Paul Newman’s camp for sick kids lives on, 10 years after his death

Camper Caroline and cabin counselor Sarah acted out small scenes before lunch at the Hole in the Wall Gang Camp.
Camper Caroline and cabin counselor Sarah acted out small scenes before lunch at the Hole in the Wall Gang Camp. Erin Clark for the Boston Globe

ASHFORD, Conn. — There’s magic here in the woods of Northeastern Connecticut, and Lannette Bedgood spotted it immediately last week after a shy and sick little girl stepped into the special world a movie star conjured from the emerald landscape here 30 years ago.

“The second she got off the bus I thought: Wow! That’s me,’’ said Bedgood, a 20-year-old rising senior at the University of Massachusetts Dartmouth.

Like Bedgood, the little girl has sickle cell anemia, a painful disorder that causes red blood cells to deform into a sickle shape and stick to vessel walls.

Like Bedgood, the little girl was nervous and shy upon her arrival at the Hole in the Wall Gang Camp, founded by Paul Newman, who in 1988 breathed life into a place where he hoped sick kids could “raise a little hell.’’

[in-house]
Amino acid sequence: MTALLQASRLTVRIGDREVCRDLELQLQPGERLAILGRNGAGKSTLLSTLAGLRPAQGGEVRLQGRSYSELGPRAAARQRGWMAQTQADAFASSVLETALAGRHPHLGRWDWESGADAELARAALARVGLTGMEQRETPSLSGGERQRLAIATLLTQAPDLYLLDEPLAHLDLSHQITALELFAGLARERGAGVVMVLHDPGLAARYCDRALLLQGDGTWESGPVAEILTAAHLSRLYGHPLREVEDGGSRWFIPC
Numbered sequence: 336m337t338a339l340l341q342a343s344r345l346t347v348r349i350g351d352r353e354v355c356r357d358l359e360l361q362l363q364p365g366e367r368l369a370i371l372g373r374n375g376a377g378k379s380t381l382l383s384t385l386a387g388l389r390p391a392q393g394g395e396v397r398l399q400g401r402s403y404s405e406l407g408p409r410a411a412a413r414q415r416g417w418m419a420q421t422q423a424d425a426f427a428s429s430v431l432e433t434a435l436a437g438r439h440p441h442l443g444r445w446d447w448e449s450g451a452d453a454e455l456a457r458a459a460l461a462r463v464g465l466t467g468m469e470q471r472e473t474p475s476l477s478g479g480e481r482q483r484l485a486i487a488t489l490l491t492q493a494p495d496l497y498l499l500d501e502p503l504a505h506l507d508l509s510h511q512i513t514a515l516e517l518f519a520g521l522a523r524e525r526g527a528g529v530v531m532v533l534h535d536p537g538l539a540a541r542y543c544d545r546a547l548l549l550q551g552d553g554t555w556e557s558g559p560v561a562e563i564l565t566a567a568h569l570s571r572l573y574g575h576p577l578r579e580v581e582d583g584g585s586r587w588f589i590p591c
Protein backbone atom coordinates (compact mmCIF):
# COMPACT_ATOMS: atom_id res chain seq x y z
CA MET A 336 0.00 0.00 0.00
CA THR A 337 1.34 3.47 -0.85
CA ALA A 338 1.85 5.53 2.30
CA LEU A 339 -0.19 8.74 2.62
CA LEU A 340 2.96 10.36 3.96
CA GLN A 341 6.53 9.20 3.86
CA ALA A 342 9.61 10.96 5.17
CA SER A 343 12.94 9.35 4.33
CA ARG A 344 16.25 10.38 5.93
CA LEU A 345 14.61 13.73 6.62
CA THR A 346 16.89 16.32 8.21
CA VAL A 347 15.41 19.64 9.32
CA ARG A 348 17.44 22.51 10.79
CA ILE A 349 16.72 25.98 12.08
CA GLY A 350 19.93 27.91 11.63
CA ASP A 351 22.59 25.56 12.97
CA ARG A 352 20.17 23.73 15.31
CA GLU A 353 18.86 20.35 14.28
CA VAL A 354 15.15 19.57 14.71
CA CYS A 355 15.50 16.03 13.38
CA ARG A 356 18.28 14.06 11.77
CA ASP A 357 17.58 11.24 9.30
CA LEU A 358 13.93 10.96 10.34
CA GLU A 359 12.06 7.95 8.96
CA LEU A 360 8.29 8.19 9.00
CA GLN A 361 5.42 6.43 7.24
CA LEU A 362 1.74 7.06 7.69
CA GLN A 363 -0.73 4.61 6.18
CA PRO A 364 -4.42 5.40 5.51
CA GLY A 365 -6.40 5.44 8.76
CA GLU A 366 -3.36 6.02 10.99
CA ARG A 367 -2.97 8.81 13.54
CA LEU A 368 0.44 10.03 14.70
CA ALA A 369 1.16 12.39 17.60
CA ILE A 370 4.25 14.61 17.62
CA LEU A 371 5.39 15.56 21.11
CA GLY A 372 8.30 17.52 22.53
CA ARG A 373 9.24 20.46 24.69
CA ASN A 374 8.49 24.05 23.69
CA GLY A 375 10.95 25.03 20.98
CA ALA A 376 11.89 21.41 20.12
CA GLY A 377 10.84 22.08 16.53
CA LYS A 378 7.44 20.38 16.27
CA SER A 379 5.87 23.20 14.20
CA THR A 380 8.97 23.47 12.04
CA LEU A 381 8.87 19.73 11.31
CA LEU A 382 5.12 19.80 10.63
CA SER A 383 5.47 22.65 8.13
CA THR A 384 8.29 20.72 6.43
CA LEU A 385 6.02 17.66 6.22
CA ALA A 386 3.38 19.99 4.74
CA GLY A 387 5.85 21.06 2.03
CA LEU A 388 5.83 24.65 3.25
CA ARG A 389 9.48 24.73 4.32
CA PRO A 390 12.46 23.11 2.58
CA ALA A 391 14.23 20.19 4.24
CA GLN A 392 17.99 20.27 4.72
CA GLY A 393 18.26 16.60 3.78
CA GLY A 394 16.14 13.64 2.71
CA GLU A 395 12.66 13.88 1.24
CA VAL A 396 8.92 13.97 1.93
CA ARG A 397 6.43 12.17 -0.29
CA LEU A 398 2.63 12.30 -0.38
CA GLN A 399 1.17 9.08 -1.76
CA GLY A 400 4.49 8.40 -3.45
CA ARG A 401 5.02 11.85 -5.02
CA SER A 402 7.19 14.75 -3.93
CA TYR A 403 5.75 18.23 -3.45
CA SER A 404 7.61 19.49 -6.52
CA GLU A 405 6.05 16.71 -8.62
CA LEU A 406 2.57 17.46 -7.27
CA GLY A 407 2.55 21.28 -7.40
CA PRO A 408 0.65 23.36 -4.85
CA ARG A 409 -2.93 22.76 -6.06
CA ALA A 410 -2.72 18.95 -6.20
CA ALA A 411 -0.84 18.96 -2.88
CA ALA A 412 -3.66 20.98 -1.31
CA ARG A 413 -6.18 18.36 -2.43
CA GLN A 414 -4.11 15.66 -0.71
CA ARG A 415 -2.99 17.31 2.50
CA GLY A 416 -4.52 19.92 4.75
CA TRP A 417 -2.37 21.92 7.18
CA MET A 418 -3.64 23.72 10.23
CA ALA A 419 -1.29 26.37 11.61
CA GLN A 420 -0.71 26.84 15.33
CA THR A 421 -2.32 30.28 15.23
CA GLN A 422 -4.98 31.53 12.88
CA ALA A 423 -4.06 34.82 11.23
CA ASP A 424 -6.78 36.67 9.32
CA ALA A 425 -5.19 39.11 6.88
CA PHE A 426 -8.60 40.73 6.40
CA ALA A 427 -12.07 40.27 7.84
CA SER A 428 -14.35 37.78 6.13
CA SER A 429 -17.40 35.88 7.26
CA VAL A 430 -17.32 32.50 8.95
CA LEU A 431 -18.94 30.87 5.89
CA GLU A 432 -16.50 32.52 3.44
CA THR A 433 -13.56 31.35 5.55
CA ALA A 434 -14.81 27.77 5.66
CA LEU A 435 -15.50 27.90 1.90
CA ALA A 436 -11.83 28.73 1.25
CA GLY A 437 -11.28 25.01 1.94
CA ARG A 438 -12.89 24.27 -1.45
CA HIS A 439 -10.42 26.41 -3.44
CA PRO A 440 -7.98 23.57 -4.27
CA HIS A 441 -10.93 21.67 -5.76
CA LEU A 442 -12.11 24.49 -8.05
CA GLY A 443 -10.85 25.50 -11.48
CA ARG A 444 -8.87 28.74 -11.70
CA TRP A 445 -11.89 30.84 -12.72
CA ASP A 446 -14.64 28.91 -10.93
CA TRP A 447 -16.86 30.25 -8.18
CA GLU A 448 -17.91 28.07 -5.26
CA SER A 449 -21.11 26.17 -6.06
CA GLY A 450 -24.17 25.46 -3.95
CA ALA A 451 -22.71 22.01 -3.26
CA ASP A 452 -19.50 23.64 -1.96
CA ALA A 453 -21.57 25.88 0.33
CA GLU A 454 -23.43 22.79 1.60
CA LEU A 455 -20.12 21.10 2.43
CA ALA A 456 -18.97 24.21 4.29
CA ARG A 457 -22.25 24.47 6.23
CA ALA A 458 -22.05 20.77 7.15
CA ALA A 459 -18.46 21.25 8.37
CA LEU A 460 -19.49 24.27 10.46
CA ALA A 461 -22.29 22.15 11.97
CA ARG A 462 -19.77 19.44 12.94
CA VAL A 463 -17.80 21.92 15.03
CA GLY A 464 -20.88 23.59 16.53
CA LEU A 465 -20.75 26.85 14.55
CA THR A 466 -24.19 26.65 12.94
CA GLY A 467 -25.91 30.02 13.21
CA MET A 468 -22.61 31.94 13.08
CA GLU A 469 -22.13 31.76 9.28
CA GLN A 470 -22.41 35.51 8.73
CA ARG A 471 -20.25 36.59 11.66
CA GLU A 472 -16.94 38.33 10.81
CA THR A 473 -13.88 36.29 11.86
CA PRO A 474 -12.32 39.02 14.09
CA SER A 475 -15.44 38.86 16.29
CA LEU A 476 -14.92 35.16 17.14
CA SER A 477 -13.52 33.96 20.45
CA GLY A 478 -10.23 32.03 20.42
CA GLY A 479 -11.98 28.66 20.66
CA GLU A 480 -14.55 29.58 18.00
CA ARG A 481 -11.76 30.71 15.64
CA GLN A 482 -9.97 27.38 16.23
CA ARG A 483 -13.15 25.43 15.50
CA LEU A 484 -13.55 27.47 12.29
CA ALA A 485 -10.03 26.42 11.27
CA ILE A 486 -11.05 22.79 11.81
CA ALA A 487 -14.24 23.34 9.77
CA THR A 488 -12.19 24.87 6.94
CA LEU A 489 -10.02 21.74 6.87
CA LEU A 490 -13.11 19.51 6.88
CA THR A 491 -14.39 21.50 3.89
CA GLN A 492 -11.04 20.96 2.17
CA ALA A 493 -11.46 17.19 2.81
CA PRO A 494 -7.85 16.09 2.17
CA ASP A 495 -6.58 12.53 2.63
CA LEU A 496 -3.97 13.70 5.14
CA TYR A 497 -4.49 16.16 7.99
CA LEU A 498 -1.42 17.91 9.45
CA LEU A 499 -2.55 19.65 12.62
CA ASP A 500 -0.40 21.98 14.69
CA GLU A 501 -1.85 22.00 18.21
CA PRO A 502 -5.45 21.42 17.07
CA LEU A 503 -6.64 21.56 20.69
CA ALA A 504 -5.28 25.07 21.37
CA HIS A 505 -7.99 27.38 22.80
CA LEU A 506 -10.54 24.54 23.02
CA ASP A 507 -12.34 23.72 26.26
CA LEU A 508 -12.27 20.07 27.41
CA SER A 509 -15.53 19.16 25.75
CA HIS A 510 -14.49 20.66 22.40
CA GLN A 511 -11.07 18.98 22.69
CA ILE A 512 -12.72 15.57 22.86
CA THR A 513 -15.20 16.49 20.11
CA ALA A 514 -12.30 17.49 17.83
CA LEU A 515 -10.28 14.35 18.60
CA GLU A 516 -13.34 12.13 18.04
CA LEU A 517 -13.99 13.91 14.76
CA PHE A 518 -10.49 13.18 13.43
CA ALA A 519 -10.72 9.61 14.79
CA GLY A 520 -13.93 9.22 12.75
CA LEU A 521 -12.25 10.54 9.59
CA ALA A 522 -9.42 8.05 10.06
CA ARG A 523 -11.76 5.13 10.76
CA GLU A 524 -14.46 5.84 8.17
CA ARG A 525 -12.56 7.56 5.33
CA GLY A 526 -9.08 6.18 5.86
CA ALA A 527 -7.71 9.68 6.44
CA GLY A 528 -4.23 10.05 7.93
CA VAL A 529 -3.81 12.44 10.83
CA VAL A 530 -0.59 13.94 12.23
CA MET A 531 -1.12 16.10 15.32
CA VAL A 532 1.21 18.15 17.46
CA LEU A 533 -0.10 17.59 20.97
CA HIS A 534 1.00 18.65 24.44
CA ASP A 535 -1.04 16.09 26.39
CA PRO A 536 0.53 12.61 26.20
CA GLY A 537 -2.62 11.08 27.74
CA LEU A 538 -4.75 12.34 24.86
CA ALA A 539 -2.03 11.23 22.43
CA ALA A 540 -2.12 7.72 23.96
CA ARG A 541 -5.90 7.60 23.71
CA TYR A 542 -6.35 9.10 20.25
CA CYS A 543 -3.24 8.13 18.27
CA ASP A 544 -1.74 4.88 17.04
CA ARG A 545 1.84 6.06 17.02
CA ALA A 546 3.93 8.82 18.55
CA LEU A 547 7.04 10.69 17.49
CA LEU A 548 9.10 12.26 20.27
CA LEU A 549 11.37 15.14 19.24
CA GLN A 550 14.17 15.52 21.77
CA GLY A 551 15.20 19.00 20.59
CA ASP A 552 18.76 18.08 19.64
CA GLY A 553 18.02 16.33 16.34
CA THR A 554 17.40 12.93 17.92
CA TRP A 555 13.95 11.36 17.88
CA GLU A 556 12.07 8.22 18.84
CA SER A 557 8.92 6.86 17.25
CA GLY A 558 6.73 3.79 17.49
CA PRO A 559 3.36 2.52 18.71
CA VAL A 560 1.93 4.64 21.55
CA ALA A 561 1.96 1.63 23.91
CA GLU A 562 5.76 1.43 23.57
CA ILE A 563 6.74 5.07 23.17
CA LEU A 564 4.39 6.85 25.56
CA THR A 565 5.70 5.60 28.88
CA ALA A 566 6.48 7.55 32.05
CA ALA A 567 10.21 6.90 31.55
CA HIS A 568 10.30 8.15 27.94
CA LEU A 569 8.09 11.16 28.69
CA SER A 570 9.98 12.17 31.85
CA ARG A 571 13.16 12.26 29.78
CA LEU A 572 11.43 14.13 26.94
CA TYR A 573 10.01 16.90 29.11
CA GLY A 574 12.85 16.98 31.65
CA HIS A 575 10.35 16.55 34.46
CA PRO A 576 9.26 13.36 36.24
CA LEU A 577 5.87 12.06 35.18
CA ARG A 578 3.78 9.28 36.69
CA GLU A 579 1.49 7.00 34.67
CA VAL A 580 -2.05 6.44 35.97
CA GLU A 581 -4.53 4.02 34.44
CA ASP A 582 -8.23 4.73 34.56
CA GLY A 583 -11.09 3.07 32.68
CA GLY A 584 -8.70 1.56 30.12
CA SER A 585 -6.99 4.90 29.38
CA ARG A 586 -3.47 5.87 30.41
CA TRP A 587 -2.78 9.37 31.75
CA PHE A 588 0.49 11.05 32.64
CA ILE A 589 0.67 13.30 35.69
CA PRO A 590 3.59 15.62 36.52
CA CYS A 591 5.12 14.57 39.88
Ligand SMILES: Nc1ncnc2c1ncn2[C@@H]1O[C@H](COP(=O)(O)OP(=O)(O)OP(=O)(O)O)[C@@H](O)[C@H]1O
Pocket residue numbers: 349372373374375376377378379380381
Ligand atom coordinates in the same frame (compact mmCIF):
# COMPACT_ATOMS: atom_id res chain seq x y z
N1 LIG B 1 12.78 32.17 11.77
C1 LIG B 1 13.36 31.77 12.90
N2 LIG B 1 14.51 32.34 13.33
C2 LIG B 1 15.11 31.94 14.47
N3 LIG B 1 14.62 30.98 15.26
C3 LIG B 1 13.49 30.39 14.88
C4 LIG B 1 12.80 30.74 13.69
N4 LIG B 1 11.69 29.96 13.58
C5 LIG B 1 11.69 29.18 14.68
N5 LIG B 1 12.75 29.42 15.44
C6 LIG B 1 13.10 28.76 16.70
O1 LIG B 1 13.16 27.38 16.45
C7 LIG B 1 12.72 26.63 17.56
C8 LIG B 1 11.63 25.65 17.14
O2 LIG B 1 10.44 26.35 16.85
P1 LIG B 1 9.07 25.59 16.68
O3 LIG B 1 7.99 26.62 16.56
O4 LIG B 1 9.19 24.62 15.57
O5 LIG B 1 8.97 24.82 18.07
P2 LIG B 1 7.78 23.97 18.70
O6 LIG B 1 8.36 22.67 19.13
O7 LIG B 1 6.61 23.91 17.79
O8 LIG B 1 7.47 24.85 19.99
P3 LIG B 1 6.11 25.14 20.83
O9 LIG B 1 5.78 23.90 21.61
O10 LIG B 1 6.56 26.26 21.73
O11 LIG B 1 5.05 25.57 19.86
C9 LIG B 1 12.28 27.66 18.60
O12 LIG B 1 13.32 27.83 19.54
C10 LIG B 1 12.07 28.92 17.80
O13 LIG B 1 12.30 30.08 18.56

Like Bedgood, a camp counselor from Brockton who was a camper here at age 11, the girl was transformed by the place — a transformation Lannette Bedgood described for me the other day as tears rolled down her cheek.

“I saw her coming in scared and shy,’’ she said. “And I saw her leave with the biggest smile on her face and tears going down her face because she didn’t want to leave. It’s wonderful seeing the kids have this wonderful experience that you can’t get anywhere else.’’

Christabell played in the pool at the Hole in the Wall Gang Camp.
Christabell played in the pool at the Hole in the Wall Gang Camp.Erin Clark for the Boston Globe

Ten years after Newman’s death, that still rings true.

The true wonder of this place? Its ability to project utter normalcy for kids whose childhoods have been anything but normal.

Yes, there are kids with prosthetic limbs, kids with canes, kids with cancer, and little boys and girls robbed of their eyesight or their mobility by cruel brain diseases that no little kid deserves.

But mostly there’s this: kids being kids. Silly impromptu theater antics. A stable of quarter horses, including one named Sundance. Blocks of wood being shaped into race cars. And a couple of clowns for entertainment at lunch.


There’s a fully staffed medical unit, but they don’t wear stethoscopes because these kids have seen too many of those already. Oh, and it’s all free.